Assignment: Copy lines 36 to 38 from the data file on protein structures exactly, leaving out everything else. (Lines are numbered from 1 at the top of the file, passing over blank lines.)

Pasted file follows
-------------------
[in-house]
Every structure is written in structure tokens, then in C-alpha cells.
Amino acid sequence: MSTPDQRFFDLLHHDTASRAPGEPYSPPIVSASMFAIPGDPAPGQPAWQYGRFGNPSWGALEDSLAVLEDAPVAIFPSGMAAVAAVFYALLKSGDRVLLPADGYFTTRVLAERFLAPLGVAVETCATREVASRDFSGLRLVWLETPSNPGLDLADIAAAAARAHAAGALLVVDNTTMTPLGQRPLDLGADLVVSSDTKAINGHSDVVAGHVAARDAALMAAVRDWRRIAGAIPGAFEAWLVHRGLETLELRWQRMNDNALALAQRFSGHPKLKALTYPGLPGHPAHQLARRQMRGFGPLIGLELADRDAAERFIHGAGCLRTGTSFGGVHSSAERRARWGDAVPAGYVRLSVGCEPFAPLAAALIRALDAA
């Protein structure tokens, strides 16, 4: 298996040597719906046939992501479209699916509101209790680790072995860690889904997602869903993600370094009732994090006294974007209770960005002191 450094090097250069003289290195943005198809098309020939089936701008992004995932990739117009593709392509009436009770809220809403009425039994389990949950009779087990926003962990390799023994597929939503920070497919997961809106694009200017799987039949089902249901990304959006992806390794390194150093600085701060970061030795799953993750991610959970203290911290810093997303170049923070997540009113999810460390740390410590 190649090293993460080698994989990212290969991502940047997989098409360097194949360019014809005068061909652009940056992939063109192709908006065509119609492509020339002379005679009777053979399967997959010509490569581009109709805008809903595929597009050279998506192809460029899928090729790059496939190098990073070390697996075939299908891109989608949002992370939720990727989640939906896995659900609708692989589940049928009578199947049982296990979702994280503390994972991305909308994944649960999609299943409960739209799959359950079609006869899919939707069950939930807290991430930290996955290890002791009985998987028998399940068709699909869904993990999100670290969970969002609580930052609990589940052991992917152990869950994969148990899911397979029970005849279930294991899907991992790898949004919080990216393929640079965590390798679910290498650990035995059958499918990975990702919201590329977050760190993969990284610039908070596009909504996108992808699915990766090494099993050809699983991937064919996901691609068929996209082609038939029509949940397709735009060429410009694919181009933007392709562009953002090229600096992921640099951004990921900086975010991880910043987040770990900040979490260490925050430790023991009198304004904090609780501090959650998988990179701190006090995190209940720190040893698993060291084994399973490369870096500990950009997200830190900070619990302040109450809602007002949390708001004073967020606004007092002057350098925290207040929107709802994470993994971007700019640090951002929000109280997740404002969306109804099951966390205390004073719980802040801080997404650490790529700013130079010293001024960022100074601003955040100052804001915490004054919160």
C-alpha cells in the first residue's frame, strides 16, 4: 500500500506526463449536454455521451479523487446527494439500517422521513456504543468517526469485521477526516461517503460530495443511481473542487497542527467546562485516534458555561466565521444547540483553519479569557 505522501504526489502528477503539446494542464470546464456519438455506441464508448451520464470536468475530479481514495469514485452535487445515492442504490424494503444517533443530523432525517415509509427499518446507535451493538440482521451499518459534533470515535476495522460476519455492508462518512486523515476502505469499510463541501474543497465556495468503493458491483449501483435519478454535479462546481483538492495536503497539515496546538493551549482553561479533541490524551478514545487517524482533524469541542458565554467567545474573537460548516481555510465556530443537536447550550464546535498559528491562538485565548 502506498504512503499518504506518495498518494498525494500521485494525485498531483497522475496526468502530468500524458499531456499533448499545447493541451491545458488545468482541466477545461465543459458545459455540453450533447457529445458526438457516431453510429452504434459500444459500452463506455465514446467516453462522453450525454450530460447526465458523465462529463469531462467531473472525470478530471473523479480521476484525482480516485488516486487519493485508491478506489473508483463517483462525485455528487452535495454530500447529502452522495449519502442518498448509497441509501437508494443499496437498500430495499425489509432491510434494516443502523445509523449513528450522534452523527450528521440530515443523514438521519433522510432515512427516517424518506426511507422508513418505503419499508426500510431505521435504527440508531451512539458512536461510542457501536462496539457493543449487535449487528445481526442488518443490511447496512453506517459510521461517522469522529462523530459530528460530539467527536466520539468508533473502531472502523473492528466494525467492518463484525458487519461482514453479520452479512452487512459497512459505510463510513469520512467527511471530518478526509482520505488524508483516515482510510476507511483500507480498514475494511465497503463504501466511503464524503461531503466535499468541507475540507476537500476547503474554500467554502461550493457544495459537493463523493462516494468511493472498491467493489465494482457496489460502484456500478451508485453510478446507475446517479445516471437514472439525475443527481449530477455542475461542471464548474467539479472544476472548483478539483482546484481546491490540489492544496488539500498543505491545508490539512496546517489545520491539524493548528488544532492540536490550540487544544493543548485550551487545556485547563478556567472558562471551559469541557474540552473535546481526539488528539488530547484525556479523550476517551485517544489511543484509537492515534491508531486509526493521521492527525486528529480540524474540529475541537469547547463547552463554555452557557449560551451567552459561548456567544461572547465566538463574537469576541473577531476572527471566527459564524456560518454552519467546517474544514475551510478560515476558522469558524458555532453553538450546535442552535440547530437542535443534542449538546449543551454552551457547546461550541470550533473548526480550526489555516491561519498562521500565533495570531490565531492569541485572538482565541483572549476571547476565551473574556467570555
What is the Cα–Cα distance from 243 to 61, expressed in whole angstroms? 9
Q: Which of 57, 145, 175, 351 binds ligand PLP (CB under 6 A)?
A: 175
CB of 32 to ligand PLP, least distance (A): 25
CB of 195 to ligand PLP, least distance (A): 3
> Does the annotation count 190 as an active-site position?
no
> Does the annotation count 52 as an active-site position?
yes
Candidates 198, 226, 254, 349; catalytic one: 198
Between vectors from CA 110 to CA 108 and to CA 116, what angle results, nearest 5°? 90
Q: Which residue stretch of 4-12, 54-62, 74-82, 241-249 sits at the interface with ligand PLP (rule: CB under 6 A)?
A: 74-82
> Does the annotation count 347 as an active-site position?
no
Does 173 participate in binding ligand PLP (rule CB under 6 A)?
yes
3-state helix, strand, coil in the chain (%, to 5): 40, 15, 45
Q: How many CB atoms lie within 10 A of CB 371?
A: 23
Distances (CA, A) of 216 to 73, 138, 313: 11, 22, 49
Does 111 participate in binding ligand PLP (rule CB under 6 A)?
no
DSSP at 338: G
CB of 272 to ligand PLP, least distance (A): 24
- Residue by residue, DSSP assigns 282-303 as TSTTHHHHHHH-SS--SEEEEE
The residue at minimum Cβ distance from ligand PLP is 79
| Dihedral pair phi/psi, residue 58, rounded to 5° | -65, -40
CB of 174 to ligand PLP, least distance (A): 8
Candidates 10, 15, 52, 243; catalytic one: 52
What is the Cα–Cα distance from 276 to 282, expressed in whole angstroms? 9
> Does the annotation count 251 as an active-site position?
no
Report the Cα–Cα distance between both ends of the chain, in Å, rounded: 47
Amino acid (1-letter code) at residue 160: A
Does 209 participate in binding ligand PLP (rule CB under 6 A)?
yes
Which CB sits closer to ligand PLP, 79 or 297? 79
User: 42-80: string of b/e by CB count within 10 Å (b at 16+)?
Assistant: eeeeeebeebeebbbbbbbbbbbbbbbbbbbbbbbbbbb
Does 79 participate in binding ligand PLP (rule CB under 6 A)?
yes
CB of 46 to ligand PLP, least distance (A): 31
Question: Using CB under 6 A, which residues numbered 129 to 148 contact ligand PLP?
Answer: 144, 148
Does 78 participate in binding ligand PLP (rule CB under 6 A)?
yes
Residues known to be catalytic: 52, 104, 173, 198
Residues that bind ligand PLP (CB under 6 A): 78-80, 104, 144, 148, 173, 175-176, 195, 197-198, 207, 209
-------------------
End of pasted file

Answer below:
What is the Cα–Cα distance from 276 to 282, expressed in whole angstroms? 9
> Does the annotation count 251 as an active-site position?
no